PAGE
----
Written by Donald E. Sheppard|
Drawings: Cheryl Lucente
TRAILS TO THIS POINT
Floating down the Mississippi River in the Summer of 1543, having spent 4 years plundering America, 320 Spaniards in 7 brigantines were making their way toward a Spanish outpost on the Gulf of Mexico. "...when they reached a town near a bluff (Vicksburg, the center of Quigaltam Province), they (the Indians) all united, as if to show that they were a mind to wait there (to attack the Spaniards). Each brigantine had a canoe fastened astern, for its use. Men immediately entered them all and put the Indians to flight. He (the governor) burned the town. Then on that day they landed at a large open field where the Indians did not dare await them. Next day, the Indians got together one hundred canoes, some of which held sixty or seventy Indians, and the principal men with their awnings with white and colored plumes of feathers... came down upon the Spaniards..." who were also in canoes ahead of the brigantines. Eleven Spaniards in canoes were surrounded and killed.
You can read the details of DeSoto's Army's Escape written
by three DeSoto Chroniclers: Biedma, Elvas & Inca
"The Indians, on seeing that they had gained the victory, were so greatly encouraged that they went out to engage the brigantines which they had not dared to do before... twenty-five men were wounded... they circulated from one (brigantine) to another of them all... The Christians had brought (woven) mats... and the brigantines were hung with them (to block the arrows)... they resolved to travel all that night, thinking that they would pass by the land of Quigualtam and that the Indians would leave them..." but they did not. Within a day the Indians of Natchez joined in the attacks.
Upon entering Louisiana, "Those (Indians) of Quigualtam (Mississippi) returned to their own lands, and the others in fifty canoes continued to fight for a whole day and night... but, because of the slowness with which we sailed (with horses in tow on barges), the governor made up his mind to land and kill the horses. We loaded the meat into the brigantines after salting it but left five of the horses alive on the shore... the Indians went up to them after we had embarked. The horses were unused to them and began to neigh and run about in various directions, whereat the Indians jumped into the water for fear of them. Entering their canoes behind the brigantines (somewhere above Baton Rouge), they continued to shoot at them without any pity and followed us that afternoon (past Baton Rouge) and night until 10 o'clock the next morning, and then went back upstream. Soon seven canoes came out from a small town (possibly Donaldsonville) located near the river and followed them for a short distance down the river shooting at them... But seeing that because of their small number they were doing them (the Christians) little injury, they went back to their town. After that they had no trouble (passing through today's New Orleans), until they came almost to the sea... (where the river) divided into two branches, each of which was about a league and a half (4 miles) wide."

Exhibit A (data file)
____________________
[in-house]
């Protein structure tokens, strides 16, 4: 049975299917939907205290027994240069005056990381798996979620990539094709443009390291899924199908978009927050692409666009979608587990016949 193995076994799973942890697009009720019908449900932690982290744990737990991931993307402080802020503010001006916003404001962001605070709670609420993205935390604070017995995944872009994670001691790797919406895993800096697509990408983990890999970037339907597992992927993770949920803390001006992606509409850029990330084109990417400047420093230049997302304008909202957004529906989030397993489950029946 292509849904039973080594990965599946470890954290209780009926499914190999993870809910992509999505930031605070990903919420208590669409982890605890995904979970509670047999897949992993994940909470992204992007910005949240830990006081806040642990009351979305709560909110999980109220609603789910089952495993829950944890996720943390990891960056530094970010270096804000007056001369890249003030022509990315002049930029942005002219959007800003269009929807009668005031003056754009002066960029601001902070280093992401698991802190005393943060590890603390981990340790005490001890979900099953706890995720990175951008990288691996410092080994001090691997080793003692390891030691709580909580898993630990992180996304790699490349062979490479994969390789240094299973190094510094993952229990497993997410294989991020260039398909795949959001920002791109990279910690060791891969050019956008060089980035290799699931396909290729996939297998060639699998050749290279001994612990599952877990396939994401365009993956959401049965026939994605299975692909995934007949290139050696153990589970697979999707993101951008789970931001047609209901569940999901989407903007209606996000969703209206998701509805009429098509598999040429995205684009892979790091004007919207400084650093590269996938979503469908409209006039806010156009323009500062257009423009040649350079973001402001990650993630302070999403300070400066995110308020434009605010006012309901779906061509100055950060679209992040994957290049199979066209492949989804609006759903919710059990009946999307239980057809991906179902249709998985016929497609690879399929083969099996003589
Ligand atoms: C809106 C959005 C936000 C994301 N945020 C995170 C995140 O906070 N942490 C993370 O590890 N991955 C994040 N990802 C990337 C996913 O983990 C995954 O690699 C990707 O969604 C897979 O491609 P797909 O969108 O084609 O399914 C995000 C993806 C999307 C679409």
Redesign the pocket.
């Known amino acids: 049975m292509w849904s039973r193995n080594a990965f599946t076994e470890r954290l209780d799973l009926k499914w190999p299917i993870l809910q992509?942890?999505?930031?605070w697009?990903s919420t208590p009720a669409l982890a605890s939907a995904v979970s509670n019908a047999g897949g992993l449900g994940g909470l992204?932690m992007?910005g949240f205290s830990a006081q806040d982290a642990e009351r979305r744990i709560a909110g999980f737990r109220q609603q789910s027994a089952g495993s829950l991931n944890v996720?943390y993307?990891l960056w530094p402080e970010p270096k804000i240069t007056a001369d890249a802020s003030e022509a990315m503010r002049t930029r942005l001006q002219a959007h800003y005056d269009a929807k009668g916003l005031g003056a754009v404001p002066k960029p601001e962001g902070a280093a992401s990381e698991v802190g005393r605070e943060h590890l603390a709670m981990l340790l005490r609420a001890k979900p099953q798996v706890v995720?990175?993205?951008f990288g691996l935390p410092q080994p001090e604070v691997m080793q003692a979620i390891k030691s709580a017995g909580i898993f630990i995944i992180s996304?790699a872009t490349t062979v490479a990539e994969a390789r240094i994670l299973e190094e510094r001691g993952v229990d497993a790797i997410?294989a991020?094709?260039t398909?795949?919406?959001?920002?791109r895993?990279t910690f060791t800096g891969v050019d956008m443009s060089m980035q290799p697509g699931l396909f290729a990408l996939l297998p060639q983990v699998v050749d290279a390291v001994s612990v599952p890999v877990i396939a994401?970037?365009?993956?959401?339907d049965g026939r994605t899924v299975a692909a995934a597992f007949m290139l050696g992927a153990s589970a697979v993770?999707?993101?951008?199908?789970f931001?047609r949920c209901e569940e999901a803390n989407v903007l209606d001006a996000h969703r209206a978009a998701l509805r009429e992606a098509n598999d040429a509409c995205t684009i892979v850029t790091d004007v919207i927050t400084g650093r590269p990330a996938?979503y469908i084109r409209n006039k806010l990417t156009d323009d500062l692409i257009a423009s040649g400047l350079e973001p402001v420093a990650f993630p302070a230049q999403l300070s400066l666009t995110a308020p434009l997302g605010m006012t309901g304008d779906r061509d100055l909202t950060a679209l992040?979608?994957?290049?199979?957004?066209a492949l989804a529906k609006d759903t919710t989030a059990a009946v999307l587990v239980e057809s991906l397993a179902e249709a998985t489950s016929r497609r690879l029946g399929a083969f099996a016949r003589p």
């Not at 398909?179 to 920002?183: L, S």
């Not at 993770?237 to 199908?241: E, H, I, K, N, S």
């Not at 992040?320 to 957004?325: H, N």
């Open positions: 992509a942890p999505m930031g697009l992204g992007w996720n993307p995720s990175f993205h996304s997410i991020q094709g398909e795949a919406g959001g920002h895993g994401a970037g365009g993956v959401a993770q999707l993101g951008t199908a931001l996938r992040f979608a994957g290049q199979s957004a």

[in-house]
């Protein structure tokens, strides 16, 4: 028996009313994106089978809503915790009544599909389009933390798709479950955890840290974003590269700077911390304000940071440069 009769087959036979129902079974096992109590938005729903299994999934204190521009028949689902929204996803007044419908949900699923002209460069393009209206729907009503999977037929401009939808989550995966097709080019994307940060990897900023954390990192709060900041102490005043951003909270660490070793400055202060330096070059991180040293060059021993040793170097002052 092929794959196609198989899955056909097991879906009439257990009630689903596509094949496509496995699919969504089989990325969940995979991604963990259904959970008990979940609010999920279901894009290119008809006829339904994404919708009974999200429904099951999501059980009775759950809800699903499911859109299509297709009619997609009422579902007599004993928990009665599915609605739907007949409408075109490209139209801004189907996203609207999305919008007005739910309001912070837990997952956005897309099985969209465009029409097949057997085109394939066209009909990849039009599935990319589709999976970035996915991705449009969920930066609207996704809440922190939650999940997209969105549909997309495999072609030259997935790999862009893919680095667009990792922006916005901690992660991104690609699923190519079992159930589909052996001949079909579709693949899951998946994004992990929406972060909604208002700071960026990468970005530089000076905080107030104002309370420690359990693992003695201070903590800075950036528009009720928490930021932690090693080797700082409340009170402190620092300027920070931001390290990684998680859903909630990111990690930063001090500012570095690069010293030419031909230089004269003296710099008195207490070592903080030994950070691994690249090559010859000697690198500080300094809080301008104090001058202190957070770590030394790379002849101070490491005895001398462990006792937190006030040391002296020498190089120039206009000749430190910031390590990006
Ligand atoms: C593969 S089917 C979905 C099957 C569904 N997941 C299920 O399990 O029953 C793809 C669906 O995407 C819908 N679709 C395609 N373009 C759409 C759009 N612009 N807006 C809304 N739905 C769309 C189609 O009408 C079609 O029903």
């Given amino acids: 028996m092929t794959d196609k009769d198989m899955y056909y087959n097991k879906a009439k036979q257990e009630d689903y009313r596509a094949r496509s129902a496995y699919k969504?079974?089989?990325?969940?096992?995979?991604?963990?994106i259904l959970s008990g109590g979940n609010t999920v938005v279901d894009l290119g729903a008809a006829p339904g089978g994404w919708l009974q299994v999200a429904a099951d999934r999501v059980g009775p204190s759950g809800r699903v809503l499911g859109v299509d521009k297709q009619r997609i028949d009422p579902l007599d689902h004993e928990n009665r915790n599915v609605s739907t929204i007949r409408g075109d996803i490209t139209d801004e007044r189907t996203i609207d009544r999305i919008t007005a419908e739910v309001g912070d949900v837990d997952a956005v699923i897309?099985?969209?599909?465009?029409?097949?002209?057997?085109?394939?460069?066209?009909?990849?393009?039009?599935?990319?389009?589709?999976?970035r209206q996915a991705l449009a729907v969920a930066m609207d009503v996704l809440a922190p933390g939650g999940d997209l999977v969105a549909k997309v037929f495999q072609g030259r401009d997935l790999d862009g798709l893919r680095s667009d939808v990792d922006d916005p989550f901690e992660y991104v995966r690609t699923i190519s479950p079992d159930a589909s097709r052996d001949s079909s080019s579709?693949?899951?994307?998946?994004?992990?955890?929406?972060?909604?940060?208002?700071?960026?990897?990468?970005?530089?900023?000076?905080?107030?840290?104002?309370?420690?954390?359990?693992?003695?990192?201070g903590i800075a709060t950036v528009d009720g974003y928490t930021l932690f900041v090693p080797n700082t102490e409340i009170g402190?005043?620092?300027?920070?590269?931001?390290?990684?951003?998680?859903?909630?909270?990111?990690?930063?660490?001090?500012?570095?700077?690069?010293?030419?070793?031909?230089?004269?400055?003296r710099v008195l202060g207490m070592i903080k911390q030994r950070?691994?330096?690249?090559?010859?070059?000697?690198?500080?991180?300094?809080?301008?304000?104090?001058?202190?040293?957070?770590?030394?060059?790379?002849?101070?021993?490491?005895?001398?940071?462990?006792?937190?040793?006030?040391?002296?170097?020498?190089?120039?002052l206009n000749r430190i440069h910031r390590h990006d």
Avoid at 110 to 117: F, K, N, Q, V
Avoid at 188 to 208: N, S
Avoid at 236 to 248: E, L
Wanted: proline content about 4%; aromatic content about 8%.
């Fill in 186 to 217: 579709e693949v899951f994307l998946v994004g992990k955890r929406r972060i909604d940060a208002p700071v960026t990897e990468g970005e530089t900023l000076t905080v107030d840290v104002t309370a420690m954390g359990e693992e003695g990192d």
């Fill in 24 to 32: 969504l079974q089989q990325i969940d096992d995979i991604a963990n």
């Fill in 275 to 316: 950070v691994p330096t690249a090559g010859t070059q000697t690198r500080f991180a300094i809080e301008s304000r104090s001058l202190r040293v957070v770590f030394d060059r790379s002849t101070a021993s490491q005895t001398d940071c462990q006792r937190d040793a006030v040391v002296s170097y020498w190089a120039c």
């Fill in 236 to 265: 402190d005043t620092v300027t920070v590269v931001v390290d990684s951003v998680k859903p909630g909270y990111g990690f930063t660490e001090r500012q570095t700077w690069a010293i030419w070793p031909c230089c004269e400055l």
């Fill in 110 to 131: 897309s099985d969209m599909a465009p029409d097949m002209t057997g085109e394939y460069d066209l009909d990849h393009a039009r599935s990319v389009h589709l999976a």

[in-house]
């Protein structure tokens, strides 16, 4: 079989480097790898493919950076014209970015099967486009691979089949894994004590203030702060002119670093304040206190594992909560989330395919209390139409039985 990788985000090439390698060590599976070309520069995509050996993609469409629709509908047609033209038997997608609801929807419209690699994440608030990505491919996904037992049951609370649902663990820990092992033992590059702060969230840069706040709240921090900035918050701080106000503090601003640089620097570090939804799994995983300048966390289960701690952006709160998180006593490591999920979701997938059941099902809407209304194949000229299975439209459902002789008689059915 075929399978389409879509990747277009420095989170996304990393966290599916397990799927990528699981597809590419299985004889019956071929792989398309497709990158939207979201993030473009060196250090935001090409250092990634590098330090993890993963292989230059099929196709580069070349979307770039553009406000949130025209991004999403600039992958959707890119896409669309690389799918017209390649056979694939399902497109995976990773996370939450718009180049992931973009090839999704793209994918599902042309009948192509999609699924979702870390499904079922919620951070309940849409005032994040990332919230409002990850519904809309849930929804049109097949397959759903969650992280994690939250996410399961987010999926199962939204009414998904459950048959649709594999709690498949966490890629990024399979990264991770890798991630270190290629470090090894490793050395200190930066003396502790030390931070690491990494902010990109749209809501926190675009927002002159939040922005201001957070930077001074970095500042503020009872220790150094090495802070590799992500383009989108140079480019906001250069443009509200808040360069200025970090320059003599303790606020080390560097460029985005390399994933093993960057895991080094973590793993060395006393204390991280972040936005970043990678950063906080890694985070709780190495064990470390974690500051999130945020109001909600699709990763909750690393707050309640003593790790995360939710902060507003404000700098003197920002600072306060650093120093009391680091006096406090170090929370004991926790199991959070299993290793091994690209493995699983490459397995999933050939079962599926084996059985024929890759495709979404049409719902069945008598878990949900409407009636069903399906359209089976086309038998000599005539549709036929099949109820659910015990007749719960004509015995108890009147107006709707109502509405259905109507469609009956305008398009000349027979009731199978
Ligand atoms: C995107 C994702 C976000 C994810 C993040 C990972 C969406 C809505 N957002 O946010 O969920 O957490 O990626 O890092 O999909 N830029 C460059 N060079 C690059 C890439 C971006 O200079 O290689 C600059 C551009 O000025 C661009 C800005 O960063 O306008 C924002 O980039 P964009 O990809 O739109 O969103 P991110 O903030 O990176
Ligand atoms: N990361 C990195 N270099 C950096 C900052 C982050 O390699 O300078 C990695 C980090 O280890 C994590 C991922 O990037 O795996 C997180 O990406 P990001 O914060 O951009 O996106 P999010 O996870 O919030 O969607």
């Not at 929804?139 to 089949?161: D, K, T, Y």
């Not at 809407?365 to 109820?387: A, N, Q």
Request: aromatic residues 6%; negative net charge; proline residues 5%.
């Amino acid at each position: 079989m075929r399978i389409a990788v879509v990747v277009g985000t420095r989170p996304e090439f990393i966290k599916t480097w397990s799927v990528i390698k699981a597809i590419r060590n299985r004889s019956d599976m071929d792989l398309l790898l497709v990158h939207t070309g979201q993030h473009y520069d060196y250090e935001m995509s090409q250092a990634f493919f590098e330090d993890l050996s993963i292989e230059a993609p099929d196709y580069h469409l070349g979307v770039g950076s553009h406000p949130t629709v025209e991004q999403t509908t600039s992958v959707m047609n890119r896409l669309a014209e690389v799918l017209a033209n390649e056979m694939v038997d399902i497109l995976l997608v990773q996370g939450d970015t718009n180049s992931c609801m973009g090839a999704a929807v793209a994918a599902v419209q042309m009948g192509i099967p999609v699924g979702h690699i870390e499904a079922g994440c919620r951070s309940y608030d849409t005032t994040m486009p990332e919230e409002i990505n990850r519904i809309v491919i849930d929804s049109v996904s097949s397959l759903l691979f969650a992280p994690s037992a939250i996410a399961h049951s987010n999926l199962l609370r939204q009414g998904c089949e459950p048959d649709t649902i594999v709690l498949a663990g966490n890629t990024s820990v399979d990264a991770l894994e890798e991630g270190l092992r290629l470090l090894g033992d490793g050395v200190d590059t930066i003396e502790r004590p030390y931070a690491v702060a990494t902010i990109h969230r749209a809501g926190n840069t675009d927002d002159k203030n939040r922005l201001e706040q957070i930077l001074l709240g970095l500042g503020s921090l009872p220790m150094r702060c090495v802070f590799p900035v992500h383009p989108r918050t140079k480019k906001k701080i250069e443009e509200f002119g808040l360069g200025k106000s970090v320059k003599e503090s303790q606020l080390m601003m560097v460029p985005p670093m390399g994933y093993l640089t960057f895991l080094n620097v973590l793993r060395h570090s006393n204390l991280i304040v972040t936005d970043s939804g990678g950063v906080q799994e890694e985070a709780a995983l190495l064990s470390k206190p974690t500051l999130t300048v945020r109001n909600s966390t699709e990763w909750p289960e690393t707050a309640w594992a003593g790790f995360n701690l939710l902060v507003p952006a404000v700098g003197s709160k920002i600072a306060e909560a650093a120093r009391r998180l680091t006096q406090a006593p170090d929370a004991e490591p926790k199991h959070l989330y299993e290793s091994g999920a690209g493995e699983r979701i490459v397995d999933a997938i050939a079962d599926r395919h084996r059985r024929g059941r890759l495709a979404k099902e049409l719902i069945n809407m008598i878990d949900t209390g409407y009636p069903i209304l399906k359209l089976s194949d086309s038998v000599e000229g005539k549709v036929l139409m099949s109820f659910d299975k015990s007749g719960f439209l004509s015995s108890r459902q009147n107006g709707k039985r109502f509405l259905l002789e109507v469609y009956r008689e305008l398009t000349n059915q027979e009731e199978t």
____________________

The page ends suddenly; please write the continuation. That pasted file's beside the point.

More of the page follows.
The Mississippi River Delta below New Orleans has changed dramatically in the five centuries since DeSoto's Army was there - more so than any other shoreline in North America. Millions of tons of America's soil have been erroded down the Great River enlarging the Mississippi River's Delta due to interior deforestation and intense agricultural activity along the river's feeders.
The Louisiana Coast
Sources of this information, from simple to detailed,
Louisiana Coastal Chronicles, by: Biedma, Elvas, Inca
Elvas says, "A half a league (just over a mile) before they came to the sea (the Gulf of Mexico at Belize on the Full Moon), they anchored for a day to rest because they were very tired from rowing (for steerage down the river) and greatly disheartened because of the many days during which they had eaten nothing but parched and boiled corn, which was doled out in a ration of a leveled-off helmet to each mess (group) of three (men). While we were there, seven canoes of Indians came to attack the Christians... The governor ordered armed men to enter the canoes (which had made it downriver) and go against the Indians and put them to flight. The Indians also came to attack us by land through a thicket and a swamp (as they had done against Cabeza de Vaca, near the same place, a decade earlier). The Indians had clubs set with very sharp fish bones." Inca says, "...an Indian the size of a Philistine (had a) dart, or long arrow, with three barbs in the place of one (at the tip)... The barb in the center was a handbreadth longer than the two on the sides... (like) harpoons and not smooth points."
This observation, the last of a very hostile Indian in North America, may well have inspired today's "Devil" image which was born in Europe in the 1540's just after news of DeSoto's defeat arrived there. That image - a tall, slender, body hairless red man, with a three pronged spear in hand - survives to this day. According to the Spaniards, North America was the Devil's domain, given its defeat of the Great Conquistador Hernando de Soto.
The officer continues, "They stayed there for two days (during full moon, probably to inspect and patch their ships hulls on the spring tides). From thence they went to the place where the branch of the river flowed into the sea." They would spend the next fifty-five days making their way to a Spanish outpost in New Spain (Mexico). "They took soundings in the river near the sea and found a depth of forty fathoms (over 200 feet)... On July 18th, 1543, they put out to sea (along the coast) and undertook their voyage amid calm and fair weather."
They sailed for three days in fresh water, thanks to the Great River's estuaries. "That night they saw some (Indian fires on the) keys on the right (East Island, where Cabeza de Vaca had lived for six years before escaping across Texas the decade before), whither they went..." for food, water and firewood.